Research program title
Impact of early adversity on human brain development: epigenetic mechanisms
Adverse events can occur and affect the brain at various stages, from gestation until adulthood. Such adverse events can affect the brain in many ways, including alterations in neurotransmission, brain structure, endocrinology, among others, all of which may interact. One of our overarching research themes is to examine how early stress, in combination with genetic factors, could affect human brain development and function, epigenetic processes and risk for psychopathology in humans. The postdoctoral fellow will work on a neuro-imaging project investigating the impact of early adversity on human brain processes and associated epigenetic mechanisms. The fellow has also the opportunity to work with existing behavioral, neuro-imaging and/or genetic data that have already been collected in well-documented longitudinal cohort samples. The fellow will work in a highly multidisciplinary team and with several (neuro) scientists based at Concordia University and at other collaborative universities in Montreal.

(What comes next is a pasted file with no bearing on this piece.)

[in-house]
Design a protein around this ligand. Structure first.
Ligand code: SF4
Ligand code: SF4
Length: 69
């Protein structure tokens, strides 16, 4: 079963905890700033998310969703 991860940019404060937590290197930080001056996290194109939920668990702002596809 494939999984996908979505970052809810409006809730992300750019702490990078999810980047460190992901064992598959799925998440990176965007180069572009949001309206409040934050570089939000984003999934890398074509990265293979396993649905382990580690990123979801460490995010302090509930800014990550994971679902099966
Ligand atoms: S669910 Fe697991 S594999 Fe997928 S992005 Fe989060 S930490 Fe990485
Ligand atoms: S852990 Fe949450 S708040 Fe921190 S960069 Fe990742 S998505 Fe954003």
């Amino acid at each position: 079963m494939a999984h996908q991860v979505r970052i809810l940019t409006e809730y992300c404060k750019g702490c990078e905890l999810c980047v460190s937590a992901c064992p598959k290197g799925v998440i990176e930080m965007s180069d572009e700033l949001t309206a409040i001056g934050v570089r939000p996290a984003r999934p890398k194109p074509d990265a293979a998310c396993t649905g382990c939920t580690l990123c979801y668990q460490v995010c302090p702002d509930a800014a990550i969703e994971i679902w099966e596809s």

Academic qualifications required
- PhD in a related field (e.g., neurosciences, computer science, (bio)medical engineering, psychology).
- Strong knowledge of Matlab and experience in analysis of neuroimaging and/or genomic data.
- Excellent organizational and communication skills; an aptitude for teamwork, and an established publication record.
- Experience in PET imaging research will constitute an asset.
- Good oral and written communication skills in French will constitute an asset.